It’s being called an emergency by the B.C. Care Providers Association (BCCPA) — the severe shortage of care aides in the province.
With an older demographic, the Okanagan and other parts of B.C.’s Interior have been especially hard hit.
The BCCPA said in the Okanagan Valley alone, there are currently 139 full-time care aide positions that urgently need to be filled.
Now a Penticton care home is taking matters into its own hands in trying to cope with the shortage.
“We are trying to come up with different ways, think outside the box to solve this problem and get more people interested in this career,” Haven Hill general manager Zander Cook told Global News.
With a grant from WorkBC, Haven Hill has partnered up with Sprott Shaw College to offer a free, 29-week course to 16 people wanting to become a care aide.
“We are so excited,” Cook said. “Because of the emergency situation that we are in right now, we have applied in the past to get this grant and we are just so blessed to have it right now. The timing could not be any better.”
The first group of eight will begin the program in June. The next group of eight will start in August.
“They will have to work for us for two years after they graduate the program and get their registry number,” care manager Jolene Gagne said. “So it kind of guarantees us 16 new care aides for next year.”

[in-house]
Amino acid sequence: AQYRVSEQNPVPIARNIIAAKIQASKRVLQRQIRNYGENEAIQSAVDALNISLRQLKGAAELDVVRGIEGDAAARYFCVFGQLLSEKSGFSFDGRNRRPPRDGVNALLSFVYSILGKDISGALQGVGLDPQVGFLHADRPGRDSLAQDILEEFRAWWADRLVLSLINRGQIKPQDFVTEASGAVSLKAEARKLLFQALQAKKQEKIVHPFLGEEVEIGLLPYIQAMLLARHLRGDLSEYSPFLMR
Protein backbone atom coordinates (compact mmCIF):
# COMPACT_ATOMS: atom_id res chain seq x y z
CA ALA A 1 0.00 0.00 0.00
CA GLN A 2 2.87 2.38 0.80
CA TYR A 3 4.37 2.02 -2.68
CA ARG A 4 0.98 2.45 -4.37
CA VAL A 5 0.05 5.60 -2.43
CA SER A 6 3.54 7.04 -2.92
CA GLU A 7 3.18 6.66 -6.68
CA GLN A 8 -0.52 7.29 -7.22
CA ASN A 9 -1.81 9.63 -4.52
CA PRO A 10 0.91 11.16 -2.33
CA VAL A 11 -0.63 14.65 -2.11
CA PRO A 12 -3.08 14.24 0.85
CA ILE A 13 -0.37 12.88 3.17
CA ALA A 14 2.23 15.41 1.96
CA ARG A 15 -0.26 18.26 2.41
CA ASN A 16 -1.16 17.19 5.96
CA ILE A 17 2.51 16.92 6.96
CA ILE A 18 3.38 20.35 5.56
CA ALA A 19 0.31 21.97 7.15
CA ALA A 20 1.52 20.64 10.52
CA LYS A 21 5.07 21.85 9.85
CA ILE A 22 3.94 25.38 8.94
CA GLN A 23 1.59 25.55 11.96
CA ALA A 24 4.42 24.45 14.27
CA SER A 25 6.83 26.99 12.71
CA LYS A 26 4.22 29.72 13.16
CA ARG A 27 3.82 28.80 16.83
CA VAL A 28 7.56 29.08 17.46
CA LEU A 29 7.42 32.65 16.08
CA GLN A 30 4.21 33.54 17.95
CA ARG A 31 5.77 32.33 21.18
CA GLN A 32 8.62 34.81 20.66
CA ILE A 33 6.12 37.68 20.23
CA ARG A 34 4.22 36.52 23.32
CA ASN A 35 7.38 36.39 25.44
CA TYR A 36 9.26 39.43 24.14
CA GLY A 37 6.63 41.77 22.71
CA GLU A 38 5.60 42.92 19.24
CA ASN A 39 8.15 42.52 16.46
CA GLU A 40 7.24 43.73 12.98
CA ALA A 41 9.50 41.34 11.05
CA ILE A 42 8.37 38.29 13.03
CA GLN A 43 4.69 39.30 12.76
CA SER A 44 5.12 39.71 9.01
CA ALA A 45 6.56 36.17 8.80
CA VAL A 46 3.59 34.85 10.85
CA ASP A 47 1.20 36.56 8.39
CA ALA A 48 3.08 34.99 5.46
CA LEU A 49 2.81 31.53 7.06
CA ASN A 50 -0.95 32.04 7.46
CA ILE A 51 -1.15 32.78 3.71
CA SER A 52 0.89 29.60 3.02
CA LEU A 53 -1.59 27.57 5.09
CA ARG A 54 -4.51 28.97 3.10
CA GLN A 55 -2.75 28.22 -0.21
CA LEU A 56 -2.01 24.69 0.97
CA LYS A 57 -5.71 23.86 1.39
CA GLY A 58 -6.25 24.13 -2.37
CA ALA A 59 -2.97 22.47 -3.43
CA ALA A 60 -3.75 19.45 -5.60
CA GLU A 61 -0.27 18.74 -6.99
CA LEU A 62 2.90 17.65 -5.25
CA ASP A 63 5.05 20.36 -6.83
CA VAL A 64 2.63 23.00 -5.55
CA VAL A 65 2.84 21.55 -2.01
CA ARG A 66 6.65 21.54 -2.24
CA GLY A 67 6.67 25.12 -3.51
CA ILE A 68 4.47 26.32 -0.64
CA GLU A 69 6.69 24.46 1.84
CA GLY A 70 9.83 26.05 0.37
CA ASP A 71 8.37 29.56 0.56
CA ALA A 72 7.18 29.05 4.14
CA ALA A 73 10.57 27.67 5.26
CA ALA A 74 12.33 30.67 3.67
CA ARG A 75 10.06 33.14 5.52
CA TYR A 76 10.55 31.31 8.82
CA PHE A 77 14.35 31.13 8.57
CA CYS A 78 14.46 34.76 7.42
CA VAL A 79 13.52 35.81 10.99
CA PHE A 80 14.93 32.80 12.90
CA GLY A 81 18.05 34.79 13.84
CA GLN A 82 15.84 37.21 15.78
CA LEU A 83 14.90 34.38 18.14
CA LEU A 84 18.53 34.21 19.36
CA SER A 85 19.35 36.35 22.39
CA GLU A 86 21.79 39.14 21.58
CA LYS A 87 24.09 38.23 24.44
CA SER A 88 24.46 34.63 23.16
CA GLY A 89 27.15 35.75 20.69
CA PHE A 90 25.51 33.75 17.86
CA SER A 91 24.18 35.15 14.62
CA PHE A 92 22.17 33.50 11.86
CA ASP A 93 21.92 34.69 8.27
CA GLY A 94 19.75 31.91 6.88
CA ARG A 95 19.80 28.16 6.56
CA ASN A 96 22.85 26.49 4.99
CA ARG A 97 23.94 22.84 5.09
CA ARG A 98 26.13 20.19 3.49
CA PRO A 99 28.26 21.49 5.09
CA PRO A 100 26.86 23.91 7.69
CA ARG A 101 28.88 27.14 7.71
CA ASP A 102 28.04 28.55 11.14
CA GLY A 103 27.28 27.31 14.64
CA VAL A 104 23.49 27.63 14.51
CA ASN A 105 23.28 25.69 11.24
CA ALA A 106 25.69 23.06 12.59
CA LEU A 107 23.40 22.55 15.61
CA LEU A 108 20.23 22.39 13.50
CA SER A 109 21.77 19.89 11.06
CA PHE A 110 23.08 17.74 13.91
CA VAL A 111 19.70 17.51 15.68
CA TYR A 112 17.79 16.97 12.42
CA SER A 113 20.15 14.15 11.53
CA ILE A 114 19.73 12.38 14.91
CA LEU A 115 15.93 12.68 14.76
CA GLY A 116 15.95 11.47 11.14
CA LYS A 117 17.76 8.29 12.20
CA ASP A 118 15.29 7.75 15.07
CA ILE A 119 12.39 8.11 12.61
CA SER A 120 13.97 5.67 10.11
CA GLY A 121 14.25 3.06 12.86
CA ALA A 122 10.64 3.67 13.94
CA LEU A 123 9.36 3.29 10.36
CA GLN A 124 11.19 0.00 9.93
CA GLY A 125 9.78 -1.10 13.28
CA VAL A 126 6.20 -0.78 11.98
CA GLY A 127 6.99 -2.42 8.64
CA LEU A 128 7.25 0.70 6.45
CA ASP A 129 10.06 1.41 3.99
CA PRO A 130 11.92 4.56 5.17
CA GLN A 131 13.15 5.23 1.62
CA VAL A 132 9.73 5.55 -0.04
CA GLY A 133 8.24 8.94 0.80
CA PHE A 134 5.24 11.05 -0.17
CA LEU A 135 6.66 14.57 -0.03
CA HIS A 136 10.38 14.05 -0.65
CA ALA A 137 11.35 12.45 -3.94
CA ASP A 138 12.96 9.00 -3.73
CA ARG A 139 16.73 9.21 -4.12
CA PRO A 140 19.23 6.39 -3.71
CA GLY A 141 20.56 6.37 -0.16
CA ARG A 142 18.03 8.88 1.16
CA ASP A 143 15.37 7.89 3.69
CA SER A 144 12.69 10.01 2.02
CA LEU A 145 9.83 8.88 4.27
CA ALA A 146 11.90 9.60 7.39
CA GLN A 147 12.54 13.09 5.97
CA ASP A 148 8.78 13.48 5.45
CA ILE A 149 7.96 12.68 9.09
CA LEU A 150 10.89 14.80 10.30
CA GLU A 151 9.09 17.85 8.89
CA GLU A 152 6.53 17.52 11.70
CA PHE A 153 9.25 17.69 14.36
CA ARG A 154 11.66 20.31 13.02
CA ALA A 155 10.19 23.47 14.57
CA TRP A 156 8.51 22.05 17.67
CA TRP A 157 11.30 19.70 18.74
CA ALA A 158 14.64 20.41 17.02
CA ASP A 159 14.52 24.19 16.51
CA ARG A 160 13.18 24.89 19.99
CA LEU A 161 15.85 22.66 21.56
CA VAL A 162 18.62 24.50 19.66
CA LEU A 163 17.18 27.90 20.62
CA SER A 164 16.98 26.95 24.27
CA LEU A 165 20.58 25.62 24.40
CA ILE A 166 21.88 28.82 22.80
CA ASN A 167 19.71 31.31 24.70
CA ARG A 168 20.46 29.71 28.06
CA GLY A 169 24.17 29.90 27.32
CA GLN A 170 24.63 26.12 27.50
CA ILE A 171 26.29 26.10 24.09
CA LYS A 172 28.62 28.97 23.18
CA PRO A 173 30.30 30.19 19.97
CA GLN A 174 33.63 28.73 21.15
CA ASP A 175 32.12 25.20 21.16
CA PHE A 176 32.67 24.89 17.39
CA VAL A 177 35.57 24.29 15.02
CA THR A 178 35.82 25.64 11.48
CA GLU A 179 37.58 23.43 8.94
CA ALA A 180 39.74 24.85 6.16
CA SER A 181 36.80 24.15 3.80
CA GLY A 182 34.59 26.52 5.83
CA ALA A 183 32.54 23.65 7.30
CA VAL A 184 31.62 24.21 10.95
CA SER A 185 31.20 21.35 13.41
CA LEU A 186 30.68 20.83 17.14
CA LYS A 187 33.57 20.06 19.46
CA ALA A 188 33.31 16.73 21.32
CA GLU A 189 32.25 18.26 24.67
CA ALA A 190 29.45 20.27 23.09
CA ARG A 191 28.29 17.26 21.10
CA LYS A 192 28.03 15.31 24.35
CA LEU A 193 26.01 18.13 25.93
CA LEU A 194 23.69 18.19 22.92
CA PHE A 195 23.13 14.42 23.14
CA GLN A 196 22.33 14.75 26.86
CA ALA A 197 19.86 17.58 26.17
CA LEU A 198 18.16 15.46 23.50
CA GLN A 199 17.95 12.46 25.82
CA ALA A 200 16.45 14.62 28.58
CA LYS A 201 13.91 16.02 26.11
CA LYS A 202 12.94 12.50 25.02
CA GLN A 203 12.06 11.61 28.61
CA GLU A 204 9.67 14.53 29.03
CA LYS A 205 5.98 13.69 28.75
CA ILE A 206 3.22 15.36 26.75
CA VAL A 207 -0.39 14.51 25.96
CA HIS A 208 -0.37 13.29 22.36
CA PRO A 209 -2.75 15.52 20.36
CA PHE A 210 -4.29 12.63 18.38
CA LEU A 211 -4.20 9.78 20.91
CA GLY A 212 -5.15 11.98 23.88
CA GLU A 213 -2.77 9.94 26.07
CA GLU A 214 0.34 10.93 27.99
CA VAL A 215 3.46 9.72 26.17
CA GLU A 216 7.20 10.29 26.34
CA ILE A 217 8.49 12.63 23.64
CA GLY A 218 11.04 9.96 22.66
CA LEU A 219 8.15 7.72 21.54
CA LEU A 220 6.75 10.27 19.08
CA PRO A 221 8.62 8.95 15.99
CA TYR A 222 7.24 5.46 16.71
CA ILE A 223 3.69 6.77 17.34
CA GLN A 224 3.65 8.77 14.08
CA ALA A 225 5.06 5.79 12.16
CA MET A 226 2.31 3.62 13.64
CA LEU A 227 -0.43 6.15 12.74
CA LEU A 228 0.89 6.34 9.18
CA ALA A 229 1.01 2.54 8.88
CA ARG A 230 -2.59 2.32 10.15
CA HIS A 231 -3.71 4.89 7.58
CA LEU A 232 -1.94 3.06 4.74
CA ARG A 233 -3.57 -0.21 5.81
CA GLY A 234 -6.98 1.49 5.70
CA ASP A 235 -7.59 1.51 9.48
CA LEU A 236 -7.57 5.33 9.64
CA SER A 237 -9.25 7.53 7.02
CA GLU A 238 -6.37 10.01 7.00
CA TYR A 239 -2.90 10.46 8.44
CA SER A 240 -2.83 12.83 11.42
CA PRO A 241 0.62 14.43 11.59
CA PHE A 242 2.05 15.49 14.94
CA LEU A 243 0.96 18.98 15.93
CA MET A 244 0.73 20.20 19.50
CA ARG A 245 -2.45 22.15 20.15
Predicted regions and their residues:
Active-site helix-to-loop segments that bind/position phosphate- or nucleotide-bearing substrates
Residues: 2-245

Cook said the course would normally cost almost $10,000 per student.
“It has been a difficult roller coaster ride for the past little while,” he said. “We will be getting these 16 new people over the next eight months, so we are just really excited to have them come to get through this tough time.”
Haven Hill is currently short nine full-time care aides, making it challenging for both staff and the residents they care for.
“People aren’t getting to the bathroom as quick as they want to go to the bathroom, baths aren’t being done and we are only giving one bath a week. So if they are not getting it that week, it’s laying over until there is enough staff to fill that void,” care aide Toresa Delain said. “You don’t have as much time to feed people and sit with them, make them feel comfortable.”
What’s frustrating to many in the industry is that there is a surplus of care aides with proper credentials from other provinces, but government red tape is making it difficult for them to work in B.C.
Haven Hill hopes by sharing its story, it will give other care homes some ideas on how to combat the current shortage.
“They can try and do the same thing that we are doing here. I don’t know what the funds that are available out there at this time but hopefully they can do the same thing that we are doing and get some more people,” Cook said.
Haven Hill will host an information session for anyone interested in the free program this Friday from 10 a.m. until noon at the care home on Haven Hill Road.
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